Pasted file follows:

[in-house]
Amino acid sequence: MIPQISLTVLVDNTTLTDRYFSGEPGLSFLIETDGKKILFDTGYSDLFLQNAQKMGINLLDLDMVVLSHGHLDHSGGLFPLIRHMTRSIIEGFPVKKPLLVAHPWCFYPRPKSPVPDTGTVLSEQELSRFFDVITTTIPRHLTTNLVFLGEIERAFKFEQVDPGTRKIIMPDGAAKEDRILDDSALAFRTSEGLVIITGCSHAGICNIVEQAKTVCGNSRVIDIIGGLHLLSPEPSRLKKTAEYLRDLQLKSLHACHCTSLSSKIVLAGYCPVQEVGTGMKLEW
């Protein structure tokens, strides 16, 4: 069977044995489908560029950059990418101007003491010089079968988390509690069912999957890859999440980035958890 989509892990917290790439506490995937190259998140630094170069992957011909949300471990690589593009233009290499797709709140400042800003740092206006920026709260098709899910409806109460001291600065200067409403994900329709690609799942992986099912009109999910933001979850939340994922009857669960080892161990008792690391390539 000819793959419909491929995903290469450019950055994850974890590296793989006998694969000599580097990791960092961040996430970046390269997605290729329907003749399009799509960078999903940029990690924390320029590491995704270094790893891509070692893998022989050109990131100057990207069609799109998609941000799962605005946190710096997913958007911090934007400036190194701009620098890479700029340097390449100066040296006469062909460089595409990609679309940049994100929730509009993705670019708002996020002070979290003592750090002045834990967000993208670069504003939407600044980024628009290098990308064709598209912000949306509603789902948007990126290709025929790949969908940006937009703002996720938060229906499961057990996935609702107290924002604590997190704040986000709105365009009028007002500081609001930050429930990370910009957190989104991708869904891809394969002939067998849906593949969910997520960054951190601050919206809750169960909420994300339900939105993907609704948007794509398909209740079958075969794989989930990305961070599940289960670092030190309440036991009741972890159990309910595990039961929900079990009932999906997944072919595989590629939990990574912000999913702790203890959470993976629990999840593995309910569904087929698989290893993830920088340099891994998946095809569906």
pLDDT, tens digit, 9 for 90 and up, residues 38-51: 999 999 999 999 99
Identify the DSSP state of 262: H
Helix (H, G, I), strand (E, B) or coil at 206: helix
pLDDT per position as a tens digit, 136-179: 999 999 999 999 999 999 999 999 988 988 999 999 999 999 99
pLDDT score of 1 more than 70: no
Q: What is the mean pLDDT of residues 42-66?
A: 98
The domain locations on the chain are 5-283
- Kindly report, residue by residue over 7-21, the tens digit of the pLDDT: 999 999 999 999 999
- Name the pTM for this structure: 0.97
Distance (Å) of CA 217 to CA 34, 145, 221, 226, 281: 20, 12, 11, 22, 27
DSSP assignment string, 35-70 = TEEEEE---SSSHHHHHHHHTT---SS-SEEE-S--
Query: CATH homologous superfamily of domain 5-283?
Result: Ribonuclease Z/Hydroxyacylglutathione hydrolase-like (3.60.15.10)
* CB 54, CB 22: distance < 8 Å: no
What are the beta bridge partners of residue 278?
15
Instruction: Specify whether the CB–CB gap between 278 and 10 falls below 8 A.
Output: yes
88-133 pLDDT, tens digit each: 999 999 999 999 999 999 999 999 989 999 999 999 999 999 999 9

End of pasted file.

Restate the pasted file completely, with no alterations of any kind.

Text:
[in-house]
Amino acid sequence: MIPQISLTVLVDNTTLTDRYFSGEPGLSFLIETDGKKILFDTGYSDLFLQNAQKMGINLLDLDMVVLSHGHLDHSGGLFPLIRHMTRSIIEGFPVKKPLLVAHPWCFYPRPKSPVPDTGTVLSEQELSRFFDVITTTIPRHLTTNLVFLGEIERAFKFEQVDPGTRKIIMPDGAAKEDRILDDSALAFRTSEGLVIITGCSHAGICNIVEQAKTVCGNSRVIDIIGGLHLLSPEPSRLKKTAEYLRDLQLKSLHACHCTSLSSKIVLAGYCPVQEVGTGMKLEW
């Protein structure tokens, strides 16, 4: 069977044995489908560029950059990418101007003491010089079968988390509690069912999957890859999440980035958890 989509892990917290790439506490995937190259998140630094170069992957011909949300471990690589593009233009290499797709709140400042800003740092206006920026709260098709899910409806109460001291600065200067409403994900329709690609799942992986099912009109999910933001979850939340994922009857669960080892161990008792690391390539 000819793959419909491929995903290469450019950055994850974890590296793989006998694969000599580097990791960092961040996430970046390269997605290729329907003749399009799509960078999903940029990690924390320029590491995704270094790893891509070692893998022989050109990131100057990207069609799109998609941000799962605005946190710096997913958007911090934007400036190194701009620098890479700029340097390449100066040296006469062909460089595409990609679309940049994100929730509009993705670019708002996020002070979290003592750090002045834990967000993208670069504003939407600044980024628009290098990308064709598209912000949306509603789902948007990126290709025929790949969908940006937009703002996720938060229906499961057990996935609702107290924002604590997190704040986000709105365009009028007002500081609001930050429930990370910009957190989104991708869904891809394969002939067998849906593949969910997520960054951190601050919206809750169960909420994300339900939105993907609704948007794509398909209740079958075969794989989930990305961070599940289960670092030190309440036991009741972890159990309910595990039961929900079990009932999906997944072919595989590629939990990574912000999913702790203890959470993976629990999840593995309910569904087929698989290893993830920088340099891994998946095809569906």
pLDDT, tens digit, 9 for 90 and up, residues 38-51: 999 999 999 999 99
Identify the DSSP state of 262: H
Helix (H, G, I), strand (E, B) or coil at 206: helix
pLDDT per position as a tens digit, 136-179: 999 999 999 999 999 999 999 999 988 988 999 999 999 999 99
pLDDT score of 1 more than 70: no
Q: What is the mean pLDDT of residues 42-66?
A: 98
The domain locations on the chain are 5-283
- Kindly report, residue by residue over 7-21, the tens digit of the pLDDT: 999 999 999 999 999
- Name the pTM for this structure: 0.97
Distance (Å) of CA 217 to CA 34, 145, 221, 226, 281: 20, 12, 11, 22, 27
DSSP assignment string, 35-70 = TEEEEE---SSSHHHHHHHHTT---SS-SEEE-S--
Query: CATH homologous superfamily of domain 5-283?
Result: Ribonuclease Z/Hydroxyacylglutathione hydrolase-like (3.60.15.10)
* CB 54, CB 22: distance < 8 Å: no
What are the beta bridge partners of residue 278?
15
Instruction: Specify whether the CB–CB gap between 278 and 10 falls below 8 A.
Output: yes
88-133 pLDDT, tens digit each: 999 999 999 999 999 999 999 999 989 999 999 999 999 999 999 9